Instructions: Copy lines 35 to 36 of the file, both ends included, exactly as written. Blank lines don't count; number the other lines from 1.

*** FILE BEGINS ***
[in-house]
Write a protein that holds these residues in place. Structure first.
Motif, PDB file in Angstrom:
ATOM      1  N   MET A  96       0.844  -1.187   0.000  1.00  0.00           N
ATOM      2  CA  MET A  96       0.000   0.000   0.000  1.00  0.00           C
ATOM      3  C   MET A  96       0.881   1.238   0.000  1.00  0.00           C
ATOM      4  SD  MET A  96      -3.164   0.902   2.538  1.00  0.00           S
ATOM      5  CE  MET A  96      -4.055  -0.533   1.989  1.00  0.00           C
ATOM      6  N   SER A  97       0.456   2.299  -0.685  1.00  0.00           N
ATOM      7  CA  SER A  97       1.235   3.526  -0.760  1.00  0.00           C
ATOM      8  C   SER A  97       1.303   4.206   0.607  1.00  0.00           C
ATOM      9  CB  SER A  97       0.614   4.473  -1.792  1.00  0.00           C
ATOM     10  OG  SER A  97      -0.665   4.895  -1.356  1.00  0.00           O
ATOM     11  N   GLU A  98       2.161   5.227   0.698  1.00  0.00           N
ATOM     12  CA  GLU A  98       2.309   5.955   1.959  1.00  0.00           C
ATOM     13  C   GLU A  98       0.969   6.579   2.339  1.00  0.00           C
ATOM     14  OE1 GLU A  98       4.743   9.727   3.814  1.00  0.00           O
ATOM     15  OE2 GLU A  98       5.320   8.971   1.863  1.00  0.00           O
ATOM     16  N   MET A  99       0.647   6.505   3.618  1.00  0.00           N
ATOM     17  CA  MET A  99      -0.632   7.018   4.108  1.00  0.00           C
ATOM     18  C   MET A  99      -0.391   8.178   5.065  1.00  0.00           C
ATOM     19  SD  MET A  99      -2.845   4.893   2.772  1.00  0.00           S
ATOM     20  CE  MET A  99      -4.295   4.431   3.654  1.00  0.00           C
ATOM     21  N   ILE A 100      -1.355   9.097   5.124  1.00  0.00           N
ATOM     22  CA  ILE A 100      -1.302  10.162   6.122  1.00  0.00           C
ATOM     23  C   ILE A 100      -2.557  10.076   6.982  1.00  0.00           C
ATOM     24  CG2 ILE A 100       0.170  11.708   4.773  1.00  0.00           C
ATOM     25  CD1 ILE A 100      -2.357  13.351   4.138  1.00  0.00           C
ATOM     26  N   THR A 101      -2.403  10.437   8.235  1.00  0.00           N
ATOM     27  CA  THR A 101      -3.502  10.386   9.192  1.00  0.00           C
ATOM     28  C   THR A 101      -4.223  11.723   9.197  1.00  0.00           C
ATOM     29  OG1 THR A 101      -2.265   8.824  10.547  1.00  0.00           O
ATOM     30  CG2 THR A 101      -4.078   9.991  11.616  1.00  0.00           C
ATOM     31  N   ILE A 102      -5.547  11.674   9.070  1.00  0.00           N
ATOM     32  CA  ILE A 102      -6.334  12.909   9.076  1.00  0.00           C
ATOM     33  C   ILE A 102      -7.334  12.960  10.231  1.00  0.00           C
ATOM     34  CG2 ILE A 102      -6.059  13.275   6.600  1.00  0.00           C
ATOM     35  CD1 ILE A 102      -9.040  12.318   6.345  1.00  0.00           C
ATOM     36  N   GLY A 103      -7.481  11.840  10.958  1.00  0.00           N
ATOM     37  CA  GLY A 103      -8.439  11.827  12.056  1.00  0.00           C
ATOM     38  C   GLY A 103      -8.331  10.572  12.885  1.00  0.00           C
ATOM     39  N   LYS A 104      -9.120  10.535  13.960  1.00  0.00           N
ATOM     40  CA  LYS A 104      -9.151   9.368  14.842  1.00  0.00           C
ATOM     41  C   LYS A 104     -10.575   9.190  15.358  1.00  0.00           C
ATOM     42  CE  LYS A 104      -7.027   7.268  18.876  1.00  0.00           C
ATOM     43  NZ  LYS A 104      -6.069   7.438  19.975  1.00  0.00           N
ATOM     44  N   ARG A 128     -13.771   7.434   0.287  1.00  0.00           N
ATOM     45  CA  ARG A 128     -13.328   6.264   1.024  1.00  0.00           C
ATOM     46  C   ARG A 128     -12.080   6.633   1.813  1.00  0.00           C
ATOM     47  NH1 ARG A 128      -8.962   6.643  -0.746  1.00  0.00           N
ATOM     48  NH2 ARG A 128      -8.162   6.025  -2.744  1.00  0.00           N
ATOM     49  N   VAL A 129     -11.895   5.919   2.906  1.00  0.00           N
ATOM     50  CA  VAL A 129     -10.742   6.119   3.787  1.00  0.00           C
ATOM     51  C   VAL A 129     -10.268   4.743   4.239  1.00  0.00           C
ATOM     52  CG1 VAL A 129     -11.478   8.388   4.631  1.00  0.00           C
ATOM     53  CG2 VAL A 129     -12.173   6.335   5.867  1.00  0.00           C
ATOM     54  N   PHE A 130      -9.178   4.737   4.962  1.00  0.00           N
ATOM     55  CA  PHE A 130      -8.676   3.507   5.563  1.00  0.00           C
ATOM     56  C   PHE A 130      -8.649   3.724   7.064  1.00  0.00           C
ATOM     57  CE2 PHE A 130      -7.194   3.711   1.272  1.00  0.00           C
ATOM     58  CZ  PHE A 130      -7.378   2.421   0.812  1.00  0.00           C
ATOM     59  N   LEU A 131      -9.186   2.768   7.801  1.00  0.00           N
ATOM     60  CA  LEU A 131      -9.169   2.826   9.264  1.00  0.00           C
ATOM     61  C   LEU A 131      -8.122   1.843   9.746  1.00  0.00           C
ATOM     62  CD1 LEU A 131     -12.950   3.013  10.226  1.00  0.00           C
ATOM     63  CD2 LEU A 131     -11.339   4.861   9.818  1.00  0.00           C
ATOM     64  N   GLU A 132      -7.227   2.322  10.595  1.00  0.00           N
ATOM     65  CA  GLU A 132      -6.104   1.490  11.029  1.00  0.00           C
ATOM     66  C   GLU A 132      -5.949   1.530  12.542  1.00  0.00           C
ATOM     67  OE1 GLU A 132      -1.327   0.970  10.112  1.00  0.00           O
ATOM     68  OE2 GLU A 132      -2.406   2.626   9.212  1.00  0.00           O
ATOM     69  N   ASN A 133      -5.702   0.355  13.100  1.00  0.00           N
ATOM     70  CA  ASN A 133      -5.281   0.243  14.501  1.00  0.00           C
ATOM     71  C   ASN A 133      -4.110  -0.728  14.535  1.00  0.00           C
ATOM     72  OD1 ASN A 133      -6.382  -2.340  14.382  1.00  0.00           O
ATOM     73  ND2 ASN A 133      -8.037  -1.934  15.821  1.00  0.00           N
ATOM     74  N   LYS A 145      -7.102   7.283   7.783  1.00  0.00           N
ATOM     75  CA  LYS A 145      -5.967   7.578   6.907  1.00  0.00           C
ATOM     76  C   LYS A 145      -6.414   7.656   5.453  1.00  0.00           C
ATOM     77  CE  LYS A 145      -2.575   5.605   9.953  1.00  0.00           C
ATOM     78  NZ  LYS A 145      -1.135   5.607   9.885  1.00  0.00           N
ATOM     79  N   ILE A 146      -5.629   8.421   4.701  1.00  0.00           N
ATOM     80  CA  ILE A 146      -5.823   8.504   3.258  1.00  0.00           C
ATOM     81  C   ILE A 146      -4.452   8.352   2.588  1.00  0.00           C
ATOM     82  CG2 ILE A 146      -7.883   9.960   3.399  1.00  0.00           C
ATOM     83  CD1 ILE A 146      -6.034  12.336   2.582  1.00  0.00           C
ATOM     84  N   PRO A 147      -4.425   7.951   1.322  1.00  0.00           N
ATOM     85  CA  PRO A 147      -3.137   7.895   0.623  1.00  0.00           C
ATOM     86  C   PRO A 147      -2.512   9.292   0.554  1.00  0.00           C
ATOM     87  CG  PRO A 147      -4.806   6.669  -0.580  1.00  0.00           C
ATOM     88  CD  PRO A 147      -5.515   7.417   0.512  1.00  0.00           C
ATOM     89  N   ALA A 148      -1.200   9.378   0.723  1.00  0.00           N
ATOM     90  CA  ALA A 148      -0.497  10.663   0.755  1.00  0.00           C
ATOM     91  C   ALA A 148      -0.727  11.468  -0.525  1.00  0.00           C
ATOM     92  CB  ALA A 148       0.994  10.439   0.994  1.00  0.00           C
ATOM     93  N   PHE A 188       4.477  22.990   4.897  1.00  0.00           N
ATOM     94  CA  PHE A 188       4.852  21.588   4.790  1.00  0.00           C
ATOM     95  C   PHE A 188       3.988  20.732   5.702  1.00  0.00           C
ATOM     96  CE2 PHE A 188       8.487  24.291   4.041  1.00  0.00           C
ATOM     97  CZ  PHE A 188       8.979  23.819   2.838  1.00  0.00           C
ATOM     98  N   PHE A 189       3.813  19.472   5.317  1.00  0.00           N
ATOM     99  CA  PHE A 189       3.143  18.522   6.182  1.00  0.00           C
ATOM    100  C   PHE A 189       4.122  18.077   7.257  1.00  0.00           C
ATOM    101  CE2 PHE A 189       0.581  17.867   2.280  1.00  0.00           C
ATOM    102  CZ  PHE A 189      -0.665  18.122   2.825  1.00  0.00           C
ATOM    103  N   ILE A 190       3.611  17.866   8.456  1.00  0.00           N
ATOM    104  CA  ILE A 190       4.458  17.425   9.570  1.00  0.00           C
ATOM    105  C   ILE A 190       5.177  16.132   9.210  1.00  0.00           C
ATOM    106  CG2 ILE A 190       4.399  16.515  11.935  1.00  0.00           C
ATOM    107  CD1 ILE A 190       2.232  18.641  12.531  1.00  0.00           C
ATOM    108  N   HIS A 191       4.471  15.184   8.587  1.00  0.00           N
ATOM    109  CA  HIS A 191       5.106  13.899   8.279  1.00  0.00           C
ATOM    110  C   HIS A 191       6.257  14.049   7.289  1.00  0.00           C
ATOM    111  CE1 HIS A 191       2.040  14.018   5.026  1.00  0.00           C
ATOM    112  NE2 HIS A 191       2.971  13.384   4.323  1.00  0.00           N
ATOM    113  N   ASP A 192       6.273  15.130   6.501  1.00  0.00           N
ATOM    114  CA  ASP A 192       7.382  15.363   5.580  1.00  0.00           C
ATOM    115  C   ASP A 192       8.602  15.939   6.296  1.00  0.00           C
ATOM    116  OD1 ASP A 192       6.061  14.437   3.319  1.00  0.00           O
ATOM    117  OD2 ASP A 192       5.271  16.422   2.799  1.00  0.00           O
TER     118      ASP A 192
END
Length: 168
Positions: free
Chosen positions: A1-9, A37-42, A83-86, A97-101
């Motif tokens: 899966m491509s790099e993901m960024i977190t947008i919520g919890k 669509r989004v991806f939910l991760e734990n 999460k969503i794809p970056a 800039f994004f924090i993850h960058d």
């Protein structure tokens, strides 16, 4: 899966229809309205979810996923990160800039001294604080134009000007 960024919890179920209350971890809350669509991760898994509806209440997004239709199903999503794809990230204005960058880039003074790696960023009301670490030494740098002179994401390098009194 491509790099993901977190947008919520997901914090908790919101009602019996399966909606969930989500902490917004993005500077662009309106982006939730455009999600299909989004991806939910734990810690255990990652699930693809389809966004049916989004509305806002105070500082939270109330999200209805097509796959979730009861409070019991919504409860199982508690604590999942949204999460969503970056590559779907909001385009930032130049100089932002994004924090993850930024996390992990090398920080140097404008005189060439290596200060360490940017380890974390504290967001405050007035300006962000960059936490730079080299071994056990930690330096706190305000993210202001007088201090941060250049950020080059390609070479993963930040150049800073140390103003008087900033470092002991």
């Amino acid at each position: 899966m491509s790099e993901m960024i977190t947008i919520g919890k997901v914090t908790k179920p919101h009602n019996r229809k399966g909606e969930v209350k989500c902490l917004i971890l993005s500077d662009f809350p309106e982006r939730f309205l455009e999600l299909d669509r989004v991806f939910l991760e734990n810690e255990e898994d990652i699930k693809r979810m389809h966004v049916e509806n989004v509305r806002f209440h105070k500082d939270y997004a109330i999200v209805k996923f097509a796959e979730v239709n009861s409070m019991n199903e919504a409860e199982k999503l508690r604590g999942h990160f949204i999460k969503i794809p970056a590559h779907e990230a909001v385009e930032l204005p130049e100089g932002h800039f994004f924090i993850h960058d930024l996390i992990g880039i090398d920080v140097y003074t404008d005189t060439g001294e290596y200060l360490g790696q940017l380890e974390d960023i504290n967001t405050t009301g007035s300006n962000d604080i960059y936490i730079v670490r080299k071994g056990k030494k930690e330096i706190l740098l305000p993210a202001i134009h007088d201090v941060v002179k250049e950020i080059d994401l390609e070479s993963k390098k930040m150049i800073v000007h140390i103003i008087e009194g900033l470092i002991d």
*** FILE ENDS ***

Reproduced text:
ATOM     32  CA  ILE A 102      -6.334  12.909   9.076  1.00  0.00           C
ATOM     33  C   ILE A 102      -7.334  12.960  10.231  1.00  0.00           C